Gamasutra’s Alex Wawro highlights more top-tier games that were nominated by jurors for this year’s IGF, but didn’t achieve the critical mass of votes necessary to be named a finalist.
Now that the IGF 2014 Main Competition finalists have been announced, let’s talk a bit more about the selection process.
The main IGF competition has a diverse panel of judges that includes representatives from the mainstream game industry, previous IGF winners and finalists, other independent game developers, and a smattering of indie-friendly game journalists.
In addition, every IGF award has its own jury staffed by experts in the contexts and disciplines that define the award. The main IGF jury recommend individual titles to these award-specific juries, who then cast votes on which games should be nominated to compete for the award.
Those well-deserved nominations shine a spotlight on a select number of IGF entrants, but there are so many great games competing for a spot on the field — over 650 were submitted to the IGF this year — that plenty of good entries garner meaningful praise from judges but don’t reach the critical mass of votes to become a finalist.
With that in mind, we’d like to take time to highlight some IGF 2014 entrants that received at least one vote of nomination for the Best In Audio award, but fell just short of making it to the list of finalists and honorable mentions. While they may not have made it past that round of voting, each of these games earned praise from one or more members of the IGF Audio Jury for excellence in aural design.
Facepalm Games’ sci-fi puzzle platformer is underscored by a pretty sparse soundtrack, but the haunting original tracks that do rise and fall out of the game’s ambient soundscape help reinforce the themes of mystery and isolation that permeate The Swapper. It’s clear that composer Carlo Castellano took special pains to compose music that mixes seamlessly with the sound effects that accompany players through the game, creating an immersive blend that made The Swapper a contender for a Best In Audio nomination.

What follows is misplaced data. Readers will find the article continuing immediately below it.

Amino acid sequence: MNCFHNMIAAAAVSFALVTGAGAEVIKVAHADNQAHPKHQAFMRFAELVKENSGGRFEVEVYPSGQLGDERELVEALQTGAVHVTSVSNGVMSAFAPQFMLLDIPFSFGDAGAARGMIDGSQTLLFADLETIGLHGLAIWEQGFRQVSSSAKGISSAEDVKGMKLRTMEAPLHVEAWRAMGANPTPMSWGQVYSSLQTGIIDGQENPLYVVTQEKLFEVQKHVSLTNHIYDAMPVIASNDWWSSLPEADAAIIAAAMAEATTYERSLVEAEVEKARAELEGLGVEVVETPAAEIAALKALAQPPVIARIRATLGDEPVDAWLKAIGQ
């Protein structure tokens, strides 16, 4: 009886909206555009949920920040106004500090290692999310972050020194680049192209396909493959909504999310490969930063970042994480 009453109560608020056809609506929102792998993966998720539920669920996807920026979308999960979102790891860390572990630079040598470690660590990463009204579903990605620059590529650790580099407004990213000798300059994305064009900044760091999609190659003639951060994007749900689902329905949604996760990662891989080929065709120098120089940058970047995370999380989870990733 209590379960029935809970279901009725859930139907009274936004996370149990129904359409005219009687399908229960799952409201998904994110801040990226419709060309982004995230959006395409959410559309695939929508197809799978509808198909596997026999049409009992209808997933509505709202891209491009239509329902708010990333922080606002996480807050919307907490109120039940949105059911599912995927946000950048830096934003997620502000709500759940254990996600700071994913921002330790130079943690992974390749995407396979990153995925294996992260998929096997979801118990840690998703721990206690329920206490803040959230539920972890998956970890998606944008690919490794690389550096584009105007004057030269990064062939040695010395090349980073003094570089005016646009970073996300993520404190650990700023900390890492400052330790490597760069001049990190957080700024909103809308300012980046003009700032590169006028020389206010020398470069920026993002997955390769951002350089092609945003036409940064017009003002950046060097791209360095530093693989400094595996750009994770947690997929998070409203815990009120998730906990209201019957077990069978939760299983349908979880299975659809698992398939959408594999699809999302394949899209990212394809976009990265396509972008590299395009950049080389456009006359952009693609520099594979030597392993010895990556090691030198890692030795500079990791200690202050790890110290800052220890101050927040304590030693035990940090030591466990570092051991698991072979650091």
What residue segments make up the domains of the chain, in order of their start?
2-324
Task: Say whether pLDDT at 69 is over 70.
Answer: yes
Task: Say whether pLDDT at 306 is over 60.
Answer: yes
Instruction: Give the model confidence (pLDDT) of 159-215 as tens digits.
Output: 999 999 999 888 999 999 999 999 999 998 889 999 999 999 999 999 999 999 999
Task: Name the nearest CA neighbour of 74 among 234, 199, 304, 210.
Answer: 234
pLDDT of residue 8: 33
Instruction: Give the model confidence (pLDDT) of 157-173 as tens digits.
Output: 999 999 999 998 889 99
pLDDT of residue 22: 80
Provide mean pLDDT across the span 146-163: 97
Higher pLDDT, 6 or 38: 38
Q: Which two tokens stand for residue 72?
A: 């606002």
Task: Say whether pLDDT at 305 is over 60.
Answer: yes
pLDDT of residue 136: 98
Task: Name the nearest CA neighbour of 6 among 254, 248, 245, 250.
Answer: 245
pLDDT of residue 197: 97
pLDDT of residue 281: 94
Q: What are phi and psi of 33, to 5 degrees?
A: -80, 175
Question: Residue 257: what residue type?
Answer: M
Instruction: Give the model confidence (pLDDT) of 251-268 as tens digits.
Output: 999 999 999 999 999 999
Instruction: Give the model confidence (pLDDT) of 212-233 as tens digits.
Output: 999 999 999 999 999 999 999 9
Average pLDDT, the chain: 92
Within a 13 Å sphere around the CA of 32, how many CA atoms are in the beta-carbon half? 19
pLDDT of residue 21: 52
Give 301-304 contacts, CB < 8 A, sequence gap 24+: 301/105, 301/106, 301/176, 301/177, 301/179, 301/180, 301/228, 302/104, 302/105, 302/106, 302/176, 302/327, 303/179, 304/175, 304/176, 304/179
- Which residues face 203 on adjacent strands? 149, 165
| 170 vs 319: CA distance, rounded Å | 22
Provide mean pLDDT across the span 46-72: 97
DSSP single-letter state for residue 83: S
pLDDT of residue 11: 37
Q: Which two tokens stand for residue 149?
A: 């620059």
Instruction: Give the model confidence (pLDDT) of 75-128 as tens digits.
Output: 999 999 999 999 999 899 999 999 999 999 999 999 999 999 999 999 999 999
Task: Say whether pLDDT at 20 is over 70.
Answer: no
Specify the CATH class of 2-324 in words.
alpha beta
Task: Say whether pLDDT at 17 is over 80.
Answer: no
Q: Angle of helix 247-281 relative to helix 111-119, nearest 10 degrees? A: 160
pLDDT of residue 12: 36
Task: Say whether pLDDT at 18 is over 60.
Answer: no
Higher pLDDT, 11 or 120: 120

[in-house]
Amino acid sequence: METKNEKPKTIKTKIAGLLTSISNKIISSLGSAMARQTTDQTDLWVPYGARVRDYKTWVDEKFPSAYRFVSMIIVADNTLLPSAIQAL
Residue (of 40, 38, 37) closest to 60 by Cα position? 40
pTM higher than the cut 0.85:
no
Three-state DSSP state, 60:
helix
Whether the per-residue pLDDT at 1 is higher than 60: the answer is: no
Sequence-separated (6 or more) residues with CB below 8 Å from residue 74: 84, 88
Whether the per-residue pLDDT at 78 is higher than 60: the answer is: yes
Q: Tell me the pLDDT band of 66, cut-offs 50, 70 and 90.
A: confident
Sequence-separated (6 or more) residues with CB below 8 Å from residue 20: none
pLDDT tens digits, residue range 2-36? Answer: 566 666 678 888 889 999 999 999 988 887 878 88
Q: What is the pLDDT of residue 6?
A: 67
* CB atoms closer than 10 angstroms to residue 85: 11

It’s hard to imagine feeling the same way about Sokobond if you switch the music off. This charmingly minimalist puzzler — developed by Harry Lee and Alan Hazelden — leans heavily on its aural components to add emotional flavor into an otherwise straightforward game about solving puzzles through chemistry. Ryan Roth’s excellent soundtrack and evocative sound design are top-notch, encouraging players to feel something more complex than just triumph or frustration when they succeed or fail at solving a given challenge.
Amnesia: A Machine For Pigs
Critics praised Amnesia: A Machine For Pigs‘ sound design when the game was released earlier this year, and for good reason — the rattling cages, giggling children and post-classical soundtrack go a long way towards cultivating the atmosphere of creeping dread and revulsion that characterize Amnesia games. Multiple members of developer thechineseroom — including sound designer Samuel Justice and composer/studio co-director Jessica Curry — collaborated on the game’s audio design and soundtrack, to great effect.
Potatoman Seeks the Troof
Garnering praise for a chiptune soundtrack in the contemporary indie game space is no mean feat, but Potatoman Seeks the Troof‘s retro-inspired sound design charmed at least one IGF judge into highlighting the game for aural excellence. Both Pixeljam Games composer Mark DeNardo and sound designer John Davies deserve recognition for creating a whimsical, crisp soundscape that nicely complements Potatoman‘s quixotic gameplay.
Thumper is a rhythm/racing game starring a chrome space beetle, and the soundtrack reinforces that stellar concept with a lot of pounding bass-heavy techno and electronica. Given that developer Drool was founded by ex-Harmonic developers Marc Flury and Brian Gibson, it’s no surprise that Thumper‘s soundtrack proved excellent enough to warrant a vote from an IGF judge for a Best in Audio nomination.
Risk of Rain
The soundtrack that accompanies Hopoo Games’ Risk of Rain often sounds like a cross between the scores for Streets of Rage and Blade Runner, making it an ideal complement to the roguelike action platformer’s stylishly ramshackle sci-fi setting. Composer Chris Christodoulou claims to have drawn inspiration from the game’s weather effects and color palette while scoring Risk of Rain, which may be why IGF judges found it so compelling.
Chroma is a game about swapping between light and dark forms, but the transition between the two is accompanied by clarion tones that reinforce the feeling that you’re slipping back and forth between worlds. James Dean’s sound design and sparse, atmospheric soundtrack help immerse you in a world that’s meant to be mysterious, earning the game a nod from one IGF judge for stand-out audio design.
Other notable jury picks in the Audio category include The Banner Saga, Jazz Punk, Don’t Starve, SoundSelf, Luxuria Superbia, and Papers, Please. These games didn’t make it into the final round of Best Audio nominations and honorable mentions, but were nominated in other categories. More details on these games and other excellent entrants can be found on the IGF 2014 website.